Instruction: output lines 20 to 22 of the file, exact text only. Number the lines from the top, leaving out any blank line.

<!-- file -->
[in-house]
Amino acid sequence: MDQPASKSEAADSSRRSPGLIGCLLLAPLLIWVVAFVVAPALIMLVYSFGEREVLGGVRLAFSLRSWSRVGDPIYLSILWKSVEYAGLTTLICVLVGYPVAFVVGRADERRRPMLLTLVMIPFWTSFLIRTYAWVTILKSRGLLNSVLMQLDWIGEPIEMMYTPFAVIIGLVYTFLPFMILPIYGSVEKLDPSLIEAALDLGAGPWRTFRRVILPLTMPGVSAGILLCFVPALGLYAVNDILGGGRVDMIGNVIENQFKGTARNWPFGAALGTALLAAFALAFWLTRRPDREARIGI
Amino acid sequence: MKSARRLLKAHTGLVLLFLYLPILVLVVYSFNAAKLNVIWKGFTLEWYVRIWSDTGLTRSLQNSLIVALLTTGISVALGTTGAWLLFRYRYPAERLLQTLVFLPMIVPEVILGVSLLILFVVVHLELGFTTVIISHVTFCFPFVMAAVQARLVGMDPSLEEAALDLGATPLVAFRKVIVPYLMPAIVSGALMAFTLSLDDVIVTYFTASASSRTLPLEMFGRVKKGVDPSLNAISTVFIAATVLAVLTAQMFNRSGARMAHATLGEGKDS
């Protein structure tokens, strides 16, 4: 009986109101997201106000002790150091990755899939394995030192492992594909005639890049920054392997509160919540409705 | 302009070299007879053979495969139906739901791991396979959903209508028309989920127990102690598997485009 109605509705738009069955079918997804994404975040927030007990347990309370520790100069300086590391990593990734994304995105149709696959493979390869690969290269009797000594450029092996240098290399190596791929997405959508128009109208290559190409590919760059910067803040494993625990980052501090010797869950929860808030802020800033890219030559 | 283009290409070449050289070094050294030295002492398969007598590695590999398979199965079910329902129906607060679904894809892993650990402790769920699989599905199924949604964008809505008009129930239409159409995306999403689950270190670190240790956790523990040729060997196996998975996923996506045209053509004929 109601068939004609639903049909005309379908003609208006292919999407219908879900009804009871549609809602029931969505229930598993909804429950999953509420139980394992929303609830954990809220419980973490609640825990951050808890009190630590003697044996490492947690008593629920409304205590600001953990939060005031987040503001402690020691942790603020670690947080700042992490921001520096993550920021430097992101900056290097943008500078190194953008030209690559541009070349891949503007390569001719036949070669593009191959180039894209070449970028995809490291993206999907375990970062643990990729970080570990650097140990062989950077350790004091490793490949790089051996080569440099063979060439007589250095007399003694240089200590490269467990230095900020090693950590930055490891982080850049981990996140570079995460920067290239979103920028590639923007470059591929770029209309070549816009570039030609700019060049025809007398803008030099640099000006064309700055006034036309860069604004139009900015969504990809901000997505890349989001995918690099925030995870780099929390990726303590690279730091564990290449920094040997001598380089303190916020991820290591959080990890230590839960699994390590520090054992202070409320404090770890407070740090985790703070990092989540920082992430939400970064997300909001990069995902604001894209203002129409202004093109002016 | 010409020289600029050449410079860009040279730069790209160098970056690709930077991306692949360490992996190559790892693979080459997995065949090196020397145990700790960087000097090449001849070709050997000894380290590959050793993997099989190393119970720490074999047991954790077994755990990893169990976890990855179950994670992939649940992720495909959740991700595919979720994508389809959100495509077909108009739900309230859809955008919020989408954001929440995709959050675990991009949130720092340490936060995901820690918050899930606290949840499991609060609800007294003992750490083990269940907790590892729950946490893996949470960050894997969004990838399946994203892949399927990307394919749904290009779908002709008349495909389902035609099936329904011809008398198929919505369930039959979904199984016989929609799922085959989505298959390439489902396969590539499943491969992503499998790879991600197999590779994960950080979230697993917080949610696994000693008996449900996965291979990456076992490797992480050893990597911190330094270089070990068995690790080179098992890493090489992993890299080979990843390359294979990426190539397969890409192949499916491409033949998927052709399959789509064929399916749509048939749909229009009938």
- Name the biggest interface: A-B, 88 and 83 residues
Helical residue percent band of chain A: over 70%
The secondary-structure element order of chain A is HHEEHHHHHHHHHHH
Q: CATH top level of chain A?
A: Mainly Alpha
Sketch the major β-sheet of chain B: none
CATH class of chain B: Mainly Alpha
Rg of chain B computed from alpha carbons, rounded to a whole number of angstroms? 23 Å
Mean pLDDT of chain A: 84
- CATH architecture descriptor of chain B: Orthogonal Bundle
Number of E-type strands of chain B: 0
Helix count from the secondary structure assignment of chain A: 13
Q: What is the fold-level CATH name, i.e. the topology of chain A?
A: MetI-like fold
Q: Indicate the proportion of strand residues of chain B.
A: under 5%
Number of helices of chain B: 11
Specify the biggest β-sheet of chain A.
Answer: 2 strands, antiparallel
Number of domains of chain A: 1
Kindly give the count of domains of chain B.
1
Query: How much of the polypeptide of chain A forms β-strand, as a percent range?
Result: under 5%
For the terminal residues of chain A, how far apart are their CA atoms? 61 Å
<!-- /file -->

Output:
A: under 5%
Number of helices of chain B: 11
Specify the biggest β-sheet of chain A.